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Image Courtesy: MGN Online / Pxhere

BOSTON (AP) — Some pandemic-era policies that had expired on Tuesday — such as allowing restaurants to offer take-out cocktails — were quickly extended Wednesday after Republican Gov. Charlie Baker signed a bill sent to him by state lawmakers.

The new law would also let government bodies continue to hold virtual public hearings and temporarily extend some protections for tenants facing eviction.

Those protections briefly expired after the coronavirus state of emergency, which had been in place for more than a year, was lifted in Massachusetts on Tuesday. The new law extends the eviction protections until the federal Centers for Disease Control and Prevention's eviction moratorium is lifted at the end of June.

The new law also includes provisions intended to help tenants facing possible eviction understand their legal options. It requires landlords notifying tenants to leave a dwelling for nonpayment of rent to also provide a form that reads: “This notice to quit is not an eviction. You do not need to immediately leave your unit. You are entitled to a legal proceeding in which you can defend against the eviction. Only a court order can force you to leave your unit.”

The form must also include information on rental assistance programs, applicable trial court rules and any relevant federal or state legal restrictions on residential evictions.

Restaurants, which were among those businesses hardest hit during the pandemic, would be allowed to continue offering expanded outdoor dining through April of next year. Also under the new law, take-out cocktails would have to be sold at the same price as drinks that are consumed at the restaurant.

The new law also allows podiatrists, phlebotomists, medical assistants, who otherwise wouldn’t be allowed to give vaccine shots, to continue to administer COVID-19 vaccines.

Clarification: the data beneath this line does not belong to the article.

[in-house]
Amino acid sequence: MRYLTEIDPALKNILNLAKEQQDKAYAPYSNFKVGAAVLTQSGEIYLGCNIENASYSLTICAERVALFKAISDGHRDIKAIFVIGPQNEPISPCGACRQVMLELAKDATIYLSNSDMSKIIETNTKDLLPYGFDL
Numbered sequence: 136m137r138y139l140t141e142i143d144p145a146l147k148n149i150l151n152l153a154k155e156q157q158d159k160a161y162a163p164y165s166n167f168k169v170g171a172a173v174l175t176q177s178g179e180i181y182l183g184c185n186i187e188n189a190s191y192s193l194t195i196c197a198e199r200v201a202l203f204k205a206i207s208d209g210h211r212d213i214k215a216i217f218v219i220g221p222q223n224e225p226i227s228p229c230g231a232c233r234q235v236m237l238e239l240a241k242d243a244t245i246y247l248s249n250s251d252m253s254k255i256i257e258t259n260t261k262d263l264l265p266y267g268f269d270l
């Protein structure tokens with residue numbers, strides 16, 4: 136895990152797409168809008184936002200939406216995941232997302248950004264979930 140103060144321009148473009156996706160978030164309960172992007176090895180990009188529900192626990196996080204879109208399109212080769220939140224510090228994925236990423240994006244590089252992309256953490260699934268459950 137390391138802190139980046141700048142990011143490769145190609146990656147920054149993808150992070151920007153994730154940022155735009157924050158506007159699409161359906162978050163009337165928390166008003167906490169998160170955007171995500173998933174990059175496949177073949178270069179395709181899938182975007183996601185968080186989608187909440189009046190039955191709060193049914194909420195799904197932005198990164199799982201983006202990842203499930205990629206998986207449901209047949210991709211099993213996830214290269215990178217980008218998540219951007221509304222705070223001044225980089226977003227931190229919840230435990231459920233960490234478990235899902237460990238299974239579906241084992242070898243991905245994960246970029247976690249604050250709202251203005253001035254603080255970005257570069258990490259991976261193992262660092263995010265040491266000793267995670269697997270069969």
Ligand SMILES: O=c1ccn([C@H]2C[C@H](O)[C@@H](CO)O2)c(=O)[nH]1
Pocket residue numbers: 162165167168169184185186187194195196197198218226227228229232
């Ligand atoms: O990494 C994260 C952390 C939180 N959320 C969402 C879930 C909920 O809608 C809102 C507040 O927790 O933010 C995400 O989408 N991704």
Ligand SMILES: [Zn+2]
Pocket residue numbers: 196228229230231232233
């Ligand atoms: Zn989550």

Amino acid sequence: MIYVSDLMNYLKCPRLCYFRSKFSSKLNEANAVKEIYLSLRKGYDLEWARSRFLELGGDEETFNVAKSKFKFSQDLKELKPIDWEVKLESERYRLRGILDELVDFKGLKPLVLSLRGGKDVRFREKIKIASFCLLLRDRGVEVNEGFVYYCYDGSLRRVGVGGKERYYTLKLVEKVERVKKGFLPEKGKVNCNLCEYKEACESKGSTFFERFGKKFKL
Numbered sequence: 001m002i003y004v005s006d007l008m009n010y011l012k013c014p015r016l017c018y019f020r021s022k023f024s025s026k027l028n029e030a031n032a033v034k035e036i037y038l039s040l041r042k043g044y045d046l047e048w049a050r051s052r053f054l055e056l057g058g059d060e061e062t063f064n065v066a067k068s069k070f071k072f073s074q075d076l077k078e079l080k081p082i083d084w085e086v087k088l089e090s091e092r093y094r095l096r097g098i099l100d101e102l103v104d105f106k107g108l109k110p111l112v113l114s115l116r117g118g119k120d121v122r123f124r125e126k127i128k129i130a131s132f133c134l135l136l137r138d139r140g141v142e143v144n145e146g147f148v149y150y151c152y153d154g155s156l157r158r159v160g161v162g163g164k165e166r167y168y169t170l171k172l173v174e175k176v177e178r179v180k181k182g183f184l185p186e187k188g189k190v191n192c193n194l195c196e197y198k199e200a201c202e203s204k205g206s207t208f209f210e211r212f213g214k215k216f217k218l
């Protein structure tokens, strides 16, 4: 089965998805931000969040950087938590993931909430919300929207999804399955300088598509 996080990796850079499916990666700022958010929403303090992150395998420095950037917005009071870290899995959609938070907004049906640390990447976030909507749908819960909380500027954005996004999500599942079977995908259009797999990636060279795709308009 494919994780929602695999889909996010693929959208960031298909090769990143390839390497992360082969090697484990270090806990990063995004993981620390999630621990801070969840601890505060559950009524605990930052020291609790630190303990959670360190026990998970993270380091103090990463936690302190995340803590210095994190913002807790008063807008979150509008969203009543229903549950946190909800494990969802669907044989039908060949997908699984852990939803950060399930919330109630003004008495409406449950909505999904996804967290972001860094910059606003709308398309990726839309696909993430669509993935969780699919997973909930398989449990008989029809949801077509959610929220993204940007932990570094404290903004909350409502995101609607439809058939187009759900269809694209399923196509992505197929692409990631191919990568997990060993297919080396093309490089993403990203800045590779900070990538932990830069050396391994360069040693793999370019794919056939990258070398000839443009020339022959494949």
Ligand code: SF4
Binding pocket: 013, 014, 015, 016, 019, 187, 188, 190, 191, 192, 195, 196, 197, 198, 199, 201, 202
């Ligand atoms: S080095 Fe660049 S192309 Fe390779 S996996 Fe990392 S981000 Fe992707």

Most of the policies won't be extended permanently, although some supporters have pushed to have them written into state law.

The take-out cocktail provision will be allowed through May 2022, while virtual hearings will continue to be an option through April of next year as long as residents are offered a method of public access during the meetings.

Advocates have been pushing for the extension of remote public hearings, saying they make it easier for residents to participate without having to take time off work or schedule a babysitter to attend a meeting.

Two other closely watched pandemic-era policies — the expansion of early voting and mail-in voting — were not included in the final bill shipped to Baker’s desk.

The state had offered broad mail-in voting, while also expanding the use of early voting and ballot drop boxes, to help diminish the pandemic health risk of voters crowding polling locations.

Among those who support making those options permanent are voting advocates and Democratic Secretary of the Commonwealth William Galvin.

Democratic Senate President Karen Spilka said the bill signed by Baker addressed many issues that were common to both Senate and House versions of the bill and was designed to ensure critical policies continued as quickly as possible.

She also said lawmakers from both chambers will “continue working together to resolve items in the near-term that were not included” in the bill, including the expanded voting measures.

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